"The deputies denied medical care to Nicholas Robertson in a manner that demonstrated deliberate indifference to his constitutional rights."
A family has filed a lawsuit naming Los Angeles County and Does 1-10 as defendants for the “needless” death of an African-American man who was shot at least 30 times by the county sheriff’s deputies.
On the morning of December 12, 2015, two sheriff’s deputies let loose an avalanche of bullets on Nicholas Robertson as he walked by an Arco gas station at Long Beach Boulevard and Magnolia Avenue in Lynwood.
The deputies, who could be seen in a graphic cell phone video aiming and shooting at the 28-year-old father of three, claimed he had a firearm and posed a threat to the people around him.
The deputies claim that they opened fire at Robertson after he pointed his gun at them. But there is no video evidence to corroborate their claims.
However, Robertson’s wife, three minor children and parents say although he was carrying a gun, he did not pose any threat to the officers or the public prior to his slaying.
“He did have a gun, but I don’t think he was threatening anyone. He was no threat to the officers,” the family’s attorney Brian Dunn told Courthouse News.
Attorney Dunn added that it was not illegal to have a firearm and that just having a one is not enough proof “that he [Robertson] would definitely be a great threat to an officer or other person.”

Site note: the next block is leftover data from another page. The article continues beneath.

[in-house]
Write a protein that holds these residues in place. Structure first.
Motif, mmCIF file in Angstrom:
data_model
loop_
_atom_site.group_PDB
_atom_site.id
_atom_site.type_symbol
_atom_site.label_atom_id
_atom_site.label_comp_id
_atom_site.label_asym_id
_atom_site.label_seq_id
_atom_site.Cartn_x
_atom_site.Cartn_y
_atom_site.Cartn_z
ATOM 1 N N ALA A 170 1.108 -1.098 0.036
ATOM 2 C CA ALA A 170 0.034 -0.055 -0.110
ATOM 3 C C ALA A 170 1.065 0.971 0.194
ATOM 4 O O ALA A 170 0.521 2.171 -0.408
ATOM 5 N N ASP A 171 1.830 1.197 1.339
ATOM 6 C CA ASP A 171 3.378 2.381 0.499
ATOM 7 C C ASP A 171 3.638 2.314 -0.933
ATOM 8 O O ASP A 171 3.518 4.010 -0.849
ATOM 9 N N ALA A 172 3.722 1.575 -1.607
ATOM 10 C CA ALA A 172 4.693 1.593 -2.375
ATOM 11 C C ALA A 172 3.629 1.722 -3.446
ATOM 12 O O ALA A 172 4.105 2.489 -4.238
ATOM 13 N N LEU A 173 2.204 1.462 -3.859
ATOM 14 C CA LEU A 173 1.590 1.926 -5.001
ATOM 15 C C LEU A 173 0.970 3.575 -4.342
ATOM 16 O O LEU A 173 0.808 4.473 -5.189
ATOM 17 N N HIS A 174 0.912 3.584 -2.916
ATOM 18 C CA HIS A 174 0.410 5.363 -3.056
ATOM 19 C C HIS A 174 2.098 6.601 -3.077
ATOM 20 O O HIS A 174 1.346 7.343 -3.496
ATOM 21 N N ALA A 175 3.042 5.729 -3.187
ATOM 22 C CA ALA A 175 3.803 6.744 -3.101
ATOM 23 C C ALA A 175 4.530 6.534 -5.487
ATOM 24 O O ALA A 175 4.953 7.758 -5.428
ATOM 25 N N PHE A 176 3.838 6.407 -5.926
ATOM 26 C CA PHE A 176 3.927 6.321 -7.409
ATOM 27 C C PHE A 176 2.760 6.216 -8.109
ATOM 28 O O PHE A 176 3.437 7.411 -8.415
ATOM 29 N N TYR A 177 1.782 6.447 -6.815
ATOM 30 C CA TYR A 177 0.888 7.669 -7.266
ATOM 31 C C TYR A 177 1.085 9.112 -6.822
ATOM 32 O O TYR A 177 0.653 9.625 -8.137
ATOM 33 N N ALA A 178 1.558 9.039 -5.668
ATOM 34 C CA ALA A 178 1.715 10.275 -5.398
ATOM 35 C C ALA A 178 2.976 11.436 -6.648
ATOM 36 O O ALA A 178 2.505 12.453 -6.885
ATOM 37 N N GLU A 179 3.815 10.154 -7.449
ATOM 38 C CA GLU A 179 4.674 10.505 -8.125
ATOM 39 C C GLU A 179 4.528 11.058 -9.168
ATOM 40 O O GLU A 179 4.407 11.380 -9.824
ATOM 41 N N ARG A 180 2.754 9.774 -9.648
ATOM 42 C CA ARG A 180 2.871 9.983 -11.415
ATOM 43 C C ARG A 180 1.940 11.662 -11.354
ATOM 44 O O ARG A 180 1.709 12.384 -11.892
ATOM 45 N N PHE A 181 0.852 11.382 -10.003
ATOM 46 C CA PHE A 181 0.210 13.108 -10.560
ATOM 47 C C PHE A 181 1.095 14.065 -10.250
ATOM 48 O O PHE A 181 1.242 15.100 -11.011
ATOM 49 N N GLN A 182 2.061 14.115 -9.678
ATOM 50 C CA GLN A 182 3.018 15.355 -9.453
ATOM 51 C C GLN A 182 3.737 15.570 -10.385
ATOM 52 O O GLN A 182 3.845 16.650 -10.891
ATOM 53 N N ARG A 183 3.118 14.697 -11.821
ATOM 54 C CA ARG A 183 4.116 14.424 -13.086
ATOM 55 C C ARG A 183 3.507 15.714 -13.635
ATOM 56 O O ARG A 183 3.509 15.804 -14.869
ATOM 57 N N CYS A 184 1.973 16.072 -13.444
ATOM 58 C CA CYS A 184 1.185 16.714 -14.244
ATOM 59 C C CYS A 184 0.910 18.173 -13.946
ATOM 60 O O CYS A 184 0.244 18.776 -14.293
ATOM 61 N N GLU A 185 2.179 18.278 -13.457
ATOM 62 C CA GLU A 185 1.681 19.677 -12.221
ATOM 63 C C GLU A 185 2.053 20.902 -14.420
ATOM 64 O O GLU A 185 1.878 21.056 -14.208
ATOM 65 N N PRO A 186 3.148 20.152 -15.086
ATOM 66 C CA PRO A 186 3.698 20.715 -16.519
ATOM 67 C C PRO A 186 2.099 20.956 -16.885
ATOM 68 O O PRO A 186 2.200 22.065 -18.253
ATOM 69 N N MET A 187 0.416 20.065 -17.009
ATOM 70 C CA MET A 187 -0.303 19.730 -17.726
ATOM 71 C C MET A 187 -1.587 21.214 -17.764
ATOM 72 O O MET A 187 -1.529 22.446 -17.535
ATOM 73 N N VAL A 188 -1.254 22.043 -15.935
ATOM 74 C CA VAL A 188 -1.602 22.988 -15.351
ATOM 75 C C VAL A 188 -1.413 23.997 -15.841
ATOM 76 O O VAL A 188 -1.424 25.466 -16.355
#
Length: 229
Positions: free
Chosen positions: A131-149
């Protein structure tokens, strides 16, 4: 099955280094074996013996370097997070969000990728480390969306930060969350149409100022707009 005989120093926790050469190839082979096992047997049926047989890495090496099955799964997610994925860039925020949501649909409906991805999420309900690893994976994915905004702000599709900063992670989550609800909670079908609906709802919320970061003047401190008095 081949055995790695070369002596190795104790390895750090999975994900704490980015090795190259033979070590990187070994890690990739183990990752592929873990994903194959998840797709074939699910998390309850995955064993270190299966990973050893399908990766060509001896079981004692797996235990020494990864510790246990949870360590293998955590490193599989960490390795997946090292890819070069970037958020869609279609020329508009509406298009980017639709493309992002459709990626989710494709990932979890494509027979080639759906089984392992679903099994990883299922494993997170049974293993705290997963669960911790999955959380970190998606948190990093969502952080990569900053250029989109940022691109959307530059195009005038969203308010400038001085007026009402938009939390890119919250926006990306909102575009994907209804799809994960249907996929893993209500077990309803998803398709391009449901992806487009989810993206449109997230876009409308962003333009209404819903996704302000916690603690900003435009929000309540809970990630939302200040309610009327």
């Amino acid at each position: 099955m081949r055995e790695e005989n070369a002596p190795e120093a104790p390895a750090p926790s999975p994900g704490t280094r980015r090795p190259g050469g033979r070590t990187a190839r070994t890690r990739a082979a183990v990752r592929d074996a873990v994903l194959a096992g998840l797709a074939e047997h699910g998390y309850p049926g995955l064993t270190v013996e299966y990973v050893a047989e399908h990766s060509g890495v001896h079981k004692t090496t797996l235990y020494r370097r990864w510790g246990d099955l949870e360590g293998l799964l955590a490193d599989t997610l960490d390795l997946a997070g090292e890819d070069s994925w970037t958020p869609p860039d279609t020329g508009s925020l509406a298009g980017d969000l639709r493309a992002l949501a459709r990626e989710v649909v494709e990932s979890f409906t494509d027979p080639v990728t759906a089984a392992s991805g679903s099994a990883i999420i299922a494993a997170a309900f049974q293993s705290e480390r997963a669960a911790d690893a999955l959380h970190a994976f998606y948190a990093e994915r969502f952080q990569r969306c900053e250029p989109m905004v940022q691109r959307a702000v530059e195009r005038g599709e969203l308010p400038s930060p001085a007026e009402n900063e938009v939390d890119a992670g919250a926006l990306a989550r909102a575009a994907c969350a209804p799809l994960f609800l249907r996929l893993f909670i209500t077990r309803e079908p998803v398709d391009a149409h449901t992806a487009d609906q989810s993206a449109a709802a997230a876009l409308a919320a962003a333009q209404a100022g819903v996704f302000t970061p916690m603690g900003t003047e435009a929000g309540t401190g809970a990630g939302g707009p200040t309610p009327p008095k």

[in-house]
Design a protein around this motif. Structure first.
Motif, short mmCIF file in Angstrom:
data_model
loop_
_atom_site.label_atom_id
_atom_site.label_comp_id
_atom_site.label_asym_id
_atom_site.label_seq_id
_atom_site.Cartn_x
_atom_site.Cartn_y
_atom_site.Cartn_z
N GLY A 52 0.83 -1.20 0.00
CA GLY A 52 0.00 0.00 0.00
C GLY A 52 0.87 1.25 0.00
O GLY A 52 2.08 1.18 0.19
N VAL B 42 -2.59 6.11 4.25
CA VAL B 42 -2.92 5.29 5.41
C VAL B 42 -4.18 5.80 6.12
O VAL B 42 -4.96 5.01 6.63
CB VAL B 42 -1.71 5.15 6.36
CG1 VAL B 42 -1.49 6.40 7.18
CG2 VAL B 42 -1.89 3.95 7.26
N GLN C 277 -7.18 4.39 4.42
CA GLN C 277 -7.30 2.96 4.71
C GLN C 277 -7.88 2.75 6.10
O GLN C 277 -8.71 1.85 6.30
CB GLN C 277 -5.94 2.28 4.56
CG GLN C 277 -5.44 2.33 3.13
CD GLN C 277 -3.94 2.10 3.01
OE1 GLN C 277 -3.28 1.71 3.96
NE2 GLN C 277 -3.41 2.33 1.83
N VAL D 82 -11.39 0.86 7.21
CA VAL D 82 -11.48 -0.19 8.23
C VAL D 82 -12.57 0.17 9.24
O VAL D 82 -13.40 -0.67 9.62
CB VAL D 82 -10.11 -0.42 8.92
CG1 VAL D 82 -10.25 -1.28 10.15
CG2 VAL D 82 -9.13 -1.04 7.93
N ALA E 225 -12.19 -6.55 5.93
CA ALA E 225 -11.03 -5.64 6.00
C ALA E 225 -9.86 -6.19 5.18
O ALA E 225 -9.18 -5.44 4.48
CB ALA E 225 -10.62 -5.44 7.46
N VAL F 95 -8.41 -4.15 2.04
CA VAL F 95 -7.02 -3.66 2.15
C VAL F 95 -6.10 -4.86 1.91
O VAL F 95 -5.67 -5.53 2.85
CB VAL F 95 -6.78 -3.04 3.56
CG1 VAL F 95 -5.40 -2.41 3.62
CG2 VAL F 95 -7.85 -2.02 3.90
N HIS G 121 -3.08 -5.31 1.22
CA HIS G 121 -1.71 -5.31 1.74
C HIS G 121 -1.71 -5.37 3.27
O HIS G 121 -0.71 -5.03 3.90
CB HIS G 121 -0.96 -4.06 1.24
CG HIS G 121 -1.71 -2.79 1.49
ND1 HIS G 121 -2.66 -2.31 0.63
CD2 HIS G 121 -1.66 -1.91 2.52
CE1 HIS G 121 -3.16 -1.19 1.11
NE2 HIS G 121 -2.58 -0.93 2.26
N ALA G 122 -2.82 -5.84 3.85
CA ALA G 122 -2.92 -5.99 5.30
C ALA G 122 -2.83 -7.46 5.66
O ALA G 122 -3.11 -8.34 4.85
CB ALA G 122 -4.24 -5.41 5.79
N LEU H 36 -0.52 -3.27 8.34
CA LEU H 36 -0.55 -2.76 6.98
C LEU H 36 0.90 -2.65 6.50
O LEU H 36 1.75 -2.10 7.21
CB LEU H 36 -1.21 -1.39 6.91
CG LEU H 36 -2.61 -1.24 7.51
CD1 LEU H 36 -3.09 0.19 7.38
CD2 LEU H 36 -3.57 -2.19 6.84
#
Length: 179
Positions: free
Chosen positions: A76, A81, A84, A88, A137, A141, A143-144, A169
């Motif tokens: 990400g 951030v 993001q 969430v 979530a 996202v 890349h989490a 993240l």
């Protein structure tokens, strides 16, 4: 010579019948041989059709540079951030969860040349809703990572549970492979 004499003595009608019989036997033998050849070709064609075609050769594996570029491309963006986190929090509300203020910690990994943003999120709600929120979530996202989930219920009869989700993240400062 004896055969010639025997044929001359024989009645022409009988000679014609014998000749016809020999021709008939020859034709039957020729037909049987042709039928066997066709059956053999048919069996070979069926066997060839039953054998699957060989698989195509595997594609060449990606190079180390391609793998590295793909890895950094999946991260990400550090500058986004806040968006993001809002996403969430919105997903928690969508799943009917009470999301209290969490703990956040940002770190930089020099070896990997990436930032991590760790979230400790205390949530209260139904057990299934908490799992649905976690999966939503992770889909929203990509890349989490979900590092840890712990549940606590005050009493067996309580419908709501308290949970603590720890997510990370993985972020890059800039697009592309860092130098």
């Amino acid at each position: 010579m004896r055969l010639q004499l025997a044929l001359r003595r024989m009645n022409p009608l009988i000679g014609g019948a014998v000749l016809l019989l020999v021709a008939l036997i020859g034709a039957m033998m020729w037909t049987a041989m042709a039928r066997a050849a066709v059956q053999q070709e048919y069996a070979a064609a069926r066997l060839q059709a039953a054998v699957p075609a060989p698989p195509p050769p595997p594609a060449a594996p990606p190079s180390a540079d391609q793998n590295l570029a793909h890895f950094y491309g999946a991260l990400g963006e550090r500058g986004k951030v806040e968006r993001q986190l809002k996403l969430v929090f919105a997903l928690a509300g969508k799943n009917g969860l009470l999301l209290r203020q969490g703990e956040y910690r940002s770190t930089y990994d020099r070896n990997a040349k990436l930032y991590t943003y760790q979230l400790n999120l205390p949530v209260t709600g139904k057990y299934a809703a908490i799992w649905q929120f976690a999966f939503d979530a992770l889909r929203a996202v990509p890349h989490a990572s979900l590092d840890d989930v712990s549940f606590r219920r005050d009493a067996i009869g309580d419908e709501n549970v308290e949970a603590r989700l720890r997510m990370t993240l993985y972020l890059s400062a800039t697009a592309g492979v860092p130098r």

In the complaint, which is handled by Dunn, an attorney with the Cochran Firm California, in Los Angeles, the family maintains that Robertson made no aggressive movements, gestures, and physical movements to suggest “he had the will or the ability to inflict substantial bodily harm against any individual.”
Robertson’s family says the deputies left him to die, and is seeking punitive damages for wrongful death, civil rights violations and constitutional violations.
“Following the shooting, the involved deputies denied medical care to Nicholas Robertson in a manner that demonstrated deliberate indifference to his constitutional rights,” the complaint states.
When law enforcement officers encounter white people with a firearm, their first line of action is to ask about license or other documents. However, the same cannot be said for black people, who are met with lethal force even when the gun in question is a toy gun in the hands of a 12-year-old.
Slayings like these have made African-American gun owners become increasingly worried about that their Second Amendment rights are not protected as much as their white counterparts’.
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